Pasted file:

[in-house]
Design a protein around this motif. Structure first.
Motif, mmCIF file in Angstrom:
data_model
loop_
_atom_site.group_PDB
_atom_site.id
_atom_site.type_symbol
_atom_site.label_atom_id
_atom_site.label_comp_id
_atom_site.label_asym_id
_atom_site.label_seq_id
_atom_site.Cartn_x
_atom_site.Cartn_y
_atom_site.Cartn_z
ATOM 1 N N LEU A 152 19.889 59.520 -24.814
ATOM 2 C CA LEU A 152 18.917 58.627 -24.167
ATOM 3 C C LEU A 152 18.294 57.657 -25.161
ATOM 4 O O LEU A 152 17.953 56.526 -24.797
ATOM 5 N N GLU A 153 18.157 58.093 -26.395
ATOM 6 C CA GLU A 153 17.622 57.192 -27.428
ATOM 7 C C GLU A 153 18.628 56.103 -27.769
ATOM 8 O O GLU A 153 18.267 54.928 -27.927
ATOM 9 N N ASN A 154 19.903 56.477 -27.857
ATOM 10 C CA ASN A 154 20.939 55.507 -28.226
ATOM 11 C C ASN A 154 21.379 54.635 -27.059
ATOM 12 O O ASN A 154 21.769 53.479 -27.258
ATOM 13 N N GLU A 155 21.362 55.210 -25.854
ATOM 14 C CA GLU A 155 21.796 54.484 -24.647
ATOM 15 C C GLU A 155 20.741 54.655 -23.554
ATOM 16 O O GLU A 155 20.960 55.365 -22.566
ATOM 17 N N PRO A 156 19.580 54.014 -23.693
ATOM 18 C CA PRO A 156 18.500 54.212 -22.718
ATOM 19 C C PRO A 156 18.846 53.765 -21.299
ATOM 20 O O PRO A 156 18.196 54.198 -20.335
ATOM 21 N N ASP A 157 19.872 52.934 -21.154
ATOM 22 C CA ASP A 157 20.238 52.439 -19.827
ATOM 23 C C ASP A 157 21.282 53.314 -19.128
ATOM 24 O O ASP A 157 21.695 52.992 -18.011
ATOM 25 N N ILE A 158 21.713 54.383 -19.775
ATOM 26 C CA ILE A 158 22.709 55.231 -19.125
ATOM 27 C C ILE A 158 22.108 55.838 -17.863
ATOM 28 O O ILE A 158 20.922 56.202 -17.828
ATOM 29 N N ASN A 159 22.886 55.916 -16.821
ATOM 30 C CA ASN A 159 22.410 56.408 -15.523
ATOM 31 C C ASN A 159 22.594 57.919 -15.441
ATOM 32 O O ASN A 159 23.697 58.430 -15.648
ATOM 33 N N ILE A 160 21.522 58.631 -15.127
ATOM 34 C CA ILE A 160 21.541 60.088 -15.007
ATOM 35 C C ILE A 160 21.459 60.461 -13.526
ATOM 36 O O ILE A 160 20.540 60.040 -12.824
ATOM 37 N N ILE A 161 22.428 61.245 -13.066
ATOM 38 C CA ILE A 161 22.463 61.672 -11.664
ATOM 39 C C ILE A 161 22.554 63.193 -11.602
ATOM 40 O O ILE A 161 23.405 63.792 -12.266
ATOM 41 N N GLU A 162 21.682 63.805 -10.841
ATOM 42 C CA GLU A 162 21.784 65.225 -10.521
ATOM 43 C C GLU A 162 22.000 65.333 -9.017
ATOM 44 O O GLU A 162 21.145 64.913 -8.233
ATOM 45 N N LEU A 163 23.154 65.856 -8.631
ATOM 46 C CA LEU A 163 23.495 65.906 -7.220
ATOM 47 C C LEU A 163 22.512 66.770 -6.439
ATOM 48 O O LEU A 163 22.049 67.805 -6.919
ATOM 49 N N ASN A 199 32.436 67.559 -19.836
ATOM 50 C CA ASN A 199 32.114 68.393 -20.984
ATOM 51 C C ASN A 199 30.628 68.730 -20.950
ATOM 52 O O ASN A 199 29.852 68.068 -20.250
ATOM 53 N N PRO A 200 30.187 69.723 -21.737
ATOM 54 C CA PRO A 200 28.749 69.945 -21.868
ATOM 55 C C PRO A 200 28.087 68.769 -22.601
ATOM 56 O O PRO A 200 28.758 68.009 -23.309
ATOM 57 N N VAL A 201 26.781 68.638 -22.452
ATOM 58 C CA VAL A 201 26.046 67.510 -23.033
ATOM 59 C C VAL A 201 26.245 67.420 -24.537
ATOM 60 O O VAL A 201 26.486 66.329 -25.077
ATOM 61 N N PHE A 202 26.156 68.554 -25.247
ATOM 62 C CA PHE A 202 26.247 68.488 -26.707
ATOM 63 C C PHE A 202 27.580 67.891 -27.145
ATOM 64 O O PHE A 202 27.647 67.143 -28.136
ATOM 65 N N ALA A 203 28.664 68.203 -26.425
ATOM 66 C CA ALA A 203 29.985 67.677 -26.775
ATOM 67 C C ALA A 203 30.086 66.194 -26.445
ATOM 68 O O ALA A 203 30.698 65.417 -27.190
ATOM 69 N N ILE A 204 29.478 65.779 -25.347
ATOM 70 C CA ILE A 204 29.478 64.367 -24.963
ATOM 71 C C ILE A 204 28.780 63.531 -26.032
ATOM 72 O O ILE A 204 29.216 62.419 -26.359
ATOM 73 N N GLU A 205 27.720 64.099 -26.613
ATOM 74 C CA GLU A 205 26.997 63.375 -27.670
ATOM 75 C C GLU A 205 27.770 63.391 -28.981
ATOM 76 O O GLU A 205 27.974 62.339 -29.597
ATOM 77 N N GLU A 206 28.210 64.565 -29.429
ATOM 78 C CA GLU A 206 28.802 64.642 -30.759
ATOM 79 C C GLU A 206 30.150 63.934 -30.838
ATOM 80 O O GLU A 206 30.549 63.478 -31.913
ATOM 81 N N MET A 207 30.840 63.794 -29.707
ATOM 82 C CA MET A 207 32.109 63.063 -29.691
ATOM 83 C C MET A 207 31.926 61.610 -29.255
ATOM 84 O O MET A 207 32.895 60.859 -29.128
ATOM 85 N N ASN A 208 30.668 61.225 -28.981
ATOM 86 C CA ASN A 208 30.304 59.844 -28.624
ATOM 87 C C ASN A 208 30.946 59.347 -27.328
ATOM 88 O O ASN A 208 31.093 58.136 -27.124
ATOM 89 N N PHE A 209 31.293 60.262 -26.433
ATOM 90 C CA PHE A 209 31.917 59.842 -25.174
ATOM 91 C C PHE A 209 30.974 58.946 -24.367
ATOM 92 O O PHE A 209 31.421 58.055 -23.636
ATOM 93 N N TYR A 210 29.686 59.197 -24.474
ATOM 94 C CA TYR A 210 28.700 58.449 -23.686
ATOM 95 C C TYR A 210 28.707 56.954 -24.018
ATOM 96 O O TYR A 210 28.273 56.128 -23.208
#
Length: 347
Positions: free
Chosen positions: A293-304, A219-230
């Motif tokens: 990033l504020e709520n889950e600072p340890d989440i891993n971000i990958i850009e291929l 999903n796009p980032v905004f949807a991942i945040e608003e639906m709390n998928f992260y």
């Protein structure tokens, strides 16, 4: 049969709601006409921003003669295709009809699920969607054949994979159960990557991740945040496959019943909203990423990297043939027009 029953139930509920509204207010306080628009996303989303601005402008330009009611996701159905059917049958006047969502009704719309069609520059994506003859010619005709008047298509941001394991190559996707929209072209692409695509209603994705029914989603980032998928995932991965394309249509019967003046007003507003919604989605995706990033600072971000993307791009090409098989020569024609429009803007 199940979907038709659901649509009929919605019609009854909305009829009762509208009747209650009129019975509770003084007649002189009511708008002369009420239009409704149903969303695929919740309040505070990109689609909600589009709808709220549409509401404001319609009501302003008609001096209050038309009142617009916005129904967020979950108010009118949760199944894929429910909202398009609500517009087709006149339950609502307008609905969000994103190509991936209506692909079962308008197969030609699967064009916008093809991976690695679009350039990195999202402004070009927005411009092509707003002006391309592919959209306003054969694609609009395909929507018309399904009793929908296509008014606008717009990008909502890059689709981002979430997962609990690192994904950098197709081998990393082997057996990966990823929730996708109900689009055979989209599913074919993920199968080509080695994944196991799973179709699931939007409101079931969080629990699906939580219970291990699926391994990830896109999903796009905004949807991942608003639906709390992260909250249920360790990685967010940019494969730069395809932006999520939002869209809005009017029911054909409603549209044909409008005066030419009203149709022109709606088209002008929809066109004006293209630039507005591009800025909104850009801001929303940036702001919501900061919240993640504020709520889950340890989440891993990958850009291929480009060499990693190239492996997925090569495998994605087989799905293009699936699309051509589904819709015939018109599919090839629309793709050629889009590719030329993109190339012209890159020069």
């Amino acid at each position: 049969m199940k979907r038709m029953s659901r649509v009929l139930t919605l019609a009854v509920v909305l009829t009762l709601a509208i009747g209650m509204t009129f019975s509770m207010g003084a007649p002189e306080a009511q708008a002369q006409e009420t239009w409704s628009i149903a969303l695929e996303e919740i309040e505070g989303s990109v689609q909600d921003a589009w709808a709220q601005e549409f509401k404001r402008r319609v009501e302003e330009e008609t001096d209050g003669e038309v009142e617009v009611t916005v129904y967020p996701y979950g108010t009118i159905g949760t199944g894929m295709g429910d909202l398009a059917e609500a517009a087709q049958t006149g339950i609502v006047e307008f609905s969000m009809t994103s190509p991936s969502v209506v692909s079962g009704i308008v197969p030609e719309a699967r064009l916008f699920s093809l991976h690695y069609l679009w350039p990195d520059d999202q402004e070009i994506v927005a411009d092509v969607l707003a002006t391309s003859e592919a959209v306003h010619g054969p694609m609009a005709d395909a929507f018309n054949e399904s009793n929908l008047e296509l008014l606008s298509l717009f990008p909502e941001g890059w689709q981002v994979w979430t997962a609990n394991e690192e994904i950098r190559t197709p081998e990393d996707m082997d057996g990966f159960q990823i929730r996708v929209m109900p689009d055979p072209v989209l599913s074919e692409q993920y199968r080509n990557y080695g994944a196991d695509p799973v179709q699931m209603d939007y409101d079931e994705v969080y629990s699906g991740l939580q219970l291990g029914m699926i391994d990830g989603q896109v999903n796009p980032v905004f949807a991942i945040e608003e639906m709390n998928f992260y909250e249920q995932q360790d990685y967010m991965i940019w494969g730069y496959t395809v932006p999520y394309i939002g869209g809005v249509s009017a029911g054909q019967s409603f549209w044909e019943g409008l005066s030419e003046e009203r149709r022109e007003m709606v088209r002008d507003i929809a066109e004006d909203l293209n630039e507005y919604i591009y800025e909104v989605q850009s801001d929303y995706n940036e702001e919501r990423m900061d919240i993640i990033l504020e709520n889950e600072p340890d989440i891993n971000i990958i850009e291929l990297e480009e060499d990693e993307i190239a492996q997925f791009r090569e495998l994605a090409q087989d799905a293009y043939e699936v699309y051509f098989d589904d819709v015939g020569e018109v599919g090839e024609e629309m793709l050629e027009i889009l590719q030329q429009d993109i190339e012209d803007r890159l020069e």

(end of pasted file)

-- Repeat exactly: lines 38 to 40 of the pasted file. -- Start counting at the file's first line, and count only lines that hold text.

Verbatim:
ATOM 23 C C ASP A 157 21.282 53.314 -19.128
ATOM 24 O O ASP A 157 21.695 52.992 -18.011
ATOM 25 N N ILE A 158 21.713 54.383 -19.775